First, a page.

This week, the literary world was astir with indignation at Alexandra Petri’s Washington Post article “Is Poetry Dead?,” in which her argument was “well, mostly.” Of Richard Blanco’s inaugural poem, Petri writes, “It was a good poem, within the constraints of what poetry means now. But I think what we mean by poetry is a limp and fangless thing.” Claiming that poetry is obsolete in part because it doesn’t “change anything” anymore, she goes on to compare poets to the Postal Service: “a group of people sedulously doing something that we no longer need, under the misapprehension that they are offering us a vital service.” Ouch.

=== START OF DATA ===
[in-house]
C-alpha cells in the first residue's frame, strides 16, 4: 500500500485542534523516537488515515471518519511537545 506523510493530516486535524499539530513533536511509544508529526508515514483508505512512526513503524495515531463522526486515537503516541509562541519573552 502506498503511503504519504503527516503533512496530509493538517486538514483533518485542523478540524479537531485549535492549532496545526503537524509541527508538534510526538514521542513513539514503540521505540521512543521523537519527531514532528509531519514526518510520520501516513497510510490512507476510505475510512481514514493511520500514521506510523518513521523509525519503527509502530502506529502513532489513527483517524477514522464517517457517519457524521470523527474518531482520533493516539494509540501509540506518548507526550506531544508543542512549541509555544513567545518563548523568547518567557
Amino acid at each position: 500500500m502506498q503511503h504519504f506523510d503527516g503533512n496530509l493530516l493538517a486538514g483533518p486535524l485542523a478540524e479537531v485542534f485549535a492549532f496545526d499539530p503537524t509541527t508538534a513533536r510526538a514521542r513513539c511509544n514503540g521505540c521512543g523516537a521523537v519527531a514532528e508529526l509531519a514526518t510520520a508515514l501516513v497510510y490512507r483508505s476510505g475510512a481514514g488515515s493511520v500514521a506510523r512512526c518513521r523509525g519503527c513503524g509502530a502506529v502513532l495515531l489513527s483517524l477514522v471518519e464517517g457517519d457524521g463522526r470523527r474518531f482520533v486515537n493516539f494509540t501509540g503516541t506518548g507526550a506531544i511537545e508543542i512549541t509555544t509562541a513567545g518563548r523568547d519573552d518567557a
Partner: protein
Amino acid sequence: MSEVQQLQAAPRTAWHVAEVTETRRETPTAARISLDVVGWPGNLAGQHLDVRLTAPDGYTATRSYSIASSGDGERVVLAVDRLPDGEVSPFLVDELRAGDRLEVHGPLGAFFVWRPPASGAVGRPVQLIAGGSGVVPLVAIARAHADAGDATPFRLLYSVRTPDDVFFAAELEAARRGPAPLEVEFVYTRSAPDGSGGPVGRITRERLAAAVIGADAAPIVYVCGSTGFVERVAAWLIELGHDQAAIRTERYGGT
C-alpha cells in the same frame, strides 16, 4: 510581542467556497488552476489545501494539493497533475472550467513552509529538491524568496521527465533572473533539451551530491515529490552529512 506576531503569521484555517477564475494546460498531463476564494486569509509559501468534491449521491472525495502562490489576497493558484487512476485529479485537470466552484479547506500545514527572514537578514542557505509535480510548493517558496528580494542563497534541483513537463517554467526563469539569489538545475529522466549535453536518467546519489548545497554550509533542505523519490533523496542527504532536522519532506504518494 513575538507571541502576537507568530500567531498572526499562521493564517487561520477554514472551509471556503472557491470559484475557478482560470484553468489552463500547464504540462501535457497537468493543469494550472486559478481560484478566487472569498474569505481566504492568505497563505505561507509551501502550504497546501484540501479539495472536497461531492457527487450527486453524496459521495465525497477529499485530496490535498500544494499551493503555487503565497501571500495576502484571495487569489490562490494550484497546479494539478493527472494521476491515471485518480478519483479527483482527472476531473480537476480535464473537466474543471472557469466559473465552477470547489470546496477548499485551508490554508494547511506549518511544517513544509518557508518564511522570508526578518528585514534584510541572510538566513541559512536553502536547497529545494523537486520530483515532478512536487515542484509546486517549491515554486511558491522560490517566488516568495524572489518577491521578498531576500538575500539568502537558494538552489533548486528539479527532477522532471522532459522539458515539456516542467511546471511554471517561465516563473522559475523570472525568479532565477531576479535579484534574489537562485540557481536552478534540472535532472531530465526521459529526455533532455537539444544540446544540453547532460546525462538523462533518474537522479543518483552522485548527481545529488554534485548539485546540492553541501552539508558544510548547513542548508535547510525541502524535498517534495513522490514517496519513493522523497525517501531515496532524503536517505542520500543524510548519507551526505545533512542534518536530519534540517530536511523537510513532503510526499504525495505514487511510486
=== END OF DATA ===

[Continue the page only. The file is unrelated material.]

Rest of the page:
The “is X dead” argument is a frustrating and perennial one, and often rather pointless. Replace every instance of “poetry” in Petri’s article with “ballet” or “opera” and her claims will work just as well, but be (in this humble writer’s opinion) just as misguided. Is an art form dead just because it is only appreciated by a minority? In that case, many art forms have always been dead. After the jump, we offer ten excellent reasons why poetry isn’t the least bit dead, in the form of excellent books of poetry that have recently emerged — with barbaric yawps, perhaps — in this country. And yes, there are hundreds more — flesh out our list in the comments.
Slow Lightning, Eduardo C. Corral
This stunning debut, published this past April, stalks the borderlands of English and Spanish, fabulist and realist, here and there, with a backpack filled with shifting identifications — Chicano, gay, abnormal — that spill out into the sand. We couldn’t have titled this collection any better than Corral did.